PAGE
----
Jazzman tells students music can be their real job Band does career spot at West Middle

May 24, 1993|By Anne Haddad | Anne Haddad,Staff Writer

"When are you going to get a real job?"

Larry Glick has always hated it when people asked him that. He's a musician, and he is hoping to encourage students to pursue a real job in music, if that's what they love.

Mr. Glick, 33, is a Westminster resident who brought the other eight members of his band, Baltimore-based Probable Cause, to West Middle School Thursday.

The musicians spent the day working with students individually and in groups, and preparing 10 of the youngsters to join the band for a performance at the end of the day.

"They get really no encouragement from this kind of county," said Mr. Glick, who grew up in Westminster. He lives in Winchester Park, but spends a lot of his time on the road now.

He said the music programs in Carroll County schools are excellent, but many parents might want to steer their children away from a career as a rock or jazz musician because of the stigma of drugs and depravity.

"They tend to see the MTV lifestyle and try to keep their kids away from that," Mr. Glick said.

"As long as you have good upbringing and friends, you will be able to make your own decisions," Mr. Glick said. "If it's a bad decision, it doesn't matter what job you have."

Although Mr. Glick is single and doesn't have children, half the band members are married, and some are parents. Their spouses also have careers.

West Middle band director Kay Tippett got the idea of bringing Mr. Glick and his band to speak to the the 460 students who take music classes at the school. She knew him through his work in Carroll schools.

"We thought it would be good to bring the band, as they're getting off the ground, to teach the kids about career opportunities in music," Mrs. Tippett said.

Mr. Glick is a professional drummer who also teaches percussion in area schools and at Western Maryland College. He has attended the Peabody Conservatory of Music and Towson State University, and has a degree in music education.

He used to be a musician and a prison guard. He quit the guard job two years ago and has never been happier, he said, even though his income isn't half what it was before.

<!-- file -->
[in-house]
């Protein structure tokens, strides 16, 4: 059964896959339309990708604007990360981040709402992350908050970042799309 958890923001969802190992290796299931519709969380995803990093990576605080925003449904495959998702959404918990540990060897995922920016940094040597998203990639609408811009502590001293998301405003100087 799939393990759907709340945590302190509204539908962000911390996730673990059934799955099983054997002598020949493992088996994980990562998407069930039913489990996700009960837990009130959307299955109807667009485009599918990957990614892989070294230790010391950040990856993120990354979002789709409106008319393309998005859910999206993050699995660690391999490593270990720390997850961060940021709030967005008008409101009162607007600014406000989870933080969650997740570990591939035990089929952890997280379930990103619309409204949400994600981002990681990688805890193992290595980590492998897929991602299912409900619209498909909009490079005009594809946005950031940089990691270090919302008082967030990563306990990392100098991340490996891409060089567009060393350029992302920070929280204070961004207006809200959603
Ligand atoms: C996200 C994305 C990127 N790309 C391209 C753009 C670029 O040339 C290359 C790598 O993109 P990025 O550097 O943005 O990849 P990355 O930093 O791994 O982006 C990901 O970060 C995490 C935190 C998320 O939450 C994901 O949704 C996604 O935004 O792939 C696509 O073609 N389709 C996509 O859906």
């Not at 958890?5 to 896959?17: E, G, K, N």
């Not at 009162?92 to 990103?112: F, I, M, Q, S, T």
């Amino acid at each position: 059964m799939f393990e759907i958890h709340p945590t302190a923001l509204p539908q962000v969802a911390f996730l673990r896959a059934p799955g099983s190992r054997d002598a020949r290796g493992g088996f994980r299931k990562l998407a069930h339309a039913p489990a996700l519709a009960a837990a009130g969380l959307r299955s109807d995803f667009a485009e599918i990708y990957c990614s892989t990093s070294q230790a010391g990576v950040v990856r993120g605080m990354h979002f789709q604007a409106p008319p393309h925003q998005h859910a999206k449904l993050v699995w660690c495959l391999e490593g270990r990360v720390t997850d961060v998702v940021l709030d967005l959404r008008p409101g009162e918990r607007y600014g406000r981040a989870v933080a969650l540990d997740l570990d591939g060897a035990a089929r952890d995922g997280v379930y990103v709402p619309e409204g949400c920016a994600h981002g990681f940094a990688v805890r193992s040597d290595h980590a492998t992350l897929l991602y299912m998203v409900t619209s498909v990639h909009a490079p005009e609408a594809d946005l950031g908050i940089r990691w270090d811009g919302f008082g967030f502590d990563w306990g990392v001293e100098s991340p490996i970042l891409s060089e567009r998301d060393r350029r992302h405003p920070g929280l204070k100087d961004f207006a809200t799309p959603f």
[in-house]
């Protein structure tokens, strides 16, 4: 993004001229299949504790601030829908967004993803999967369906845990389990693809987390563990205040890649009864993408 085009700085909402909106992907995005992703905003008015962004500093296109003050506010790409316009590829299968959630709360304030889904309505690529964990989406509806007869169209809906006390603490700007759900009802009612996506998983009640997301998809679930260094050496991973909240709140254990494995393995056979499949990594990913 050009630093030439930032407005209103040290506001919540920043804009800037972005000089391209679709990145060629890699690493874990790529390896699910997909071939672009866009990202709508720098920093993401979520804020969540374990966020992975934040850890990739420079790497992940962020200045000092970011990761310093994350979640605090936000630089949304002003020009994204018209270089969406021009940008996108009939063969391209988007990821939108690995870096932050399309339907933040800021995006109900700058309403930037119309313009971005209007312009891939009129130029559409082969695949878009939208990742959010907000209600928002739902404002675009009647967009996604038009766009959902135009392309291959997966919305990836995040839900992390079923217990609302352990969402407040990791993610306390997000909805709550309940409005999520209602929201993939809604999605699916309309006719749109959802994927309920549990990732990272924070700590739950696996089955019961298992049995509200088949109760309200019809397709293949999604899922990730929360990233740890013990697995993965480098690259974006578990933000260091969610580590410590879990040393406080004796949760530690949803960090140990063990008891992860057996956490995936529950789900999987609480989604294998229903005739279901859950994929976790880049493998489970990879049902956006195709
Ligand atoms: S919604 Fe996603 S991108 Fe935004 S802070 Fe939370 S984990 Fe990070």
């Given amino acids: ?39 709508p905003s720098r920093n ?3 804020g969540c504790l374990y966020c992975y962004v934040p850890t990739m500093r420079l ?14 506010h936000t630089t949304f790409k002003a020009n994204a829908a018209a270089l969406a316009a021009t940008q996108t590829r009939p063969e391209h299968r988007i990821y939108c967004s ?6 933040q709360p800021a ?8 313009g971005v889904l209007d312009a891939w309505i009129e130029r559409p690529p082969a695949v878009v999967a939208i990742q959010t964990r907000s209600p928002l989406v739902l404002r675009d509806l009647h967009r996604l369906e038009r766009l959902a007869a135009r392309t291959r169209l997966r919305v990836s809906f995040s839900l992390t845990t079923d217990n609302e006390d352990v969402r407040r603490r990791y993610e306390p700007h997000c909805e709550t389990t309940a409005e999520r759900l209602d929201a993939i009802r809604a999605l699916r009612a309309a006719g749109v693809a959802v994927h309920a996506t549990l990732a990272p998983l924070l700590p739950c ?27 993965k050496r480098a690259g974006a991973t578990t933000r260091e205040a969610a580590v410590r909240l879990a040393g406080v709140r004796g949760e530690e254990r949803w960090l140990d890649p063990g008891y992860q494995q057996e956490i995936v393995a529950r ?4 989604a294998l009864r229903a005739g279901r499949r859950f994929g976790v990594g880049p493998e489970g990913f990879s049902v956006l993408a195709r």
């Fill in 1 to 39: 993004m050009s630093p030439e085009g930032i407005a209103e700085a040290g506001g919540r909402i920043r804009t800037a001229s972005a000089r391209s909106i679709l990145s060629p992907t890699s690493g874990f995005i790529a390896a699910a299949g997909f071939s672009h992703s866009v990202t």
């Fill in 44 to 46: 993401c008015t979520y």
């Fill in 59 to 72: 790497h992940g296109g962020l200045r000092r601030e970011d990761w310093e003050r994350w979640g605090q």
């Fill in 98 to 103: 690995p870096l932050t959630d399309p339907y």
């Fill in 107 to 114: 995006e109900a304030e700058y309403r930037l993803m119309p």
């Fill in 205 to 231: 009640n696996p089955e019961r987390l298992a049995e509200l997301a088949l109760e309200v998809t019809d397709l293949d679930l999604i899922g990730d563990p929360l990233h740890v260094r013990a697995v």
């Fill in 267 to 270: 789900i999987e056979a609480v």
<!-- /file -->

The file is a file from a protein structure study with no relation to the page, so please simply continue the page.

All members of the band earn at least a modest living as full-time musicians, without unrelated "day jobs" such as Mr. Glick's prison work, said Jim Sniadach, president of New Dawn Records. New Dawn is a new company that has just released "Equal Justice," a compact disc and cassette by Probable Cause.

In addition to the musicians, Mr. Sniadach and the band's sound technician and audio engineer explained their jobs to the students.

Among the 10 students whom teachers selected to rehearse and play with the band Thursday, most wanted to pursue careers in music and said they haven't been discouraged yet.

"Most of us have family members that inspire us," said Linnea Pagulayan, an eighth-grader. Her older brother encouraged her.

"I don't know if I want to be a performer, but there are so many different things you can do," Linnea said.

Classmate Chris Sarangoulis said that in fourth grade he was "forced into" taking music by his father, but he enjoyed it and now wants to be a professional musician.

Jackie Cunningham, also in eighth grade, said she doubted a performer's schedule of traveling would allow her to have a family some day. "It's just not what I want to do. My dad wants me to be a doctor," she said.

Jon Hill, also an eighth-grader and trumpeter, said he would probably choose another career and play music on the side.

As a musician, "You don't know how much money you're going to bring in every week," he said.

Probable Cause trumpet player Wade Zagurski of Baltimore doesn't recommend having a career to fall back on.

"The other side of that is if you have something to fall back on, you'll never make it as a musician" for lack of drive, he said.

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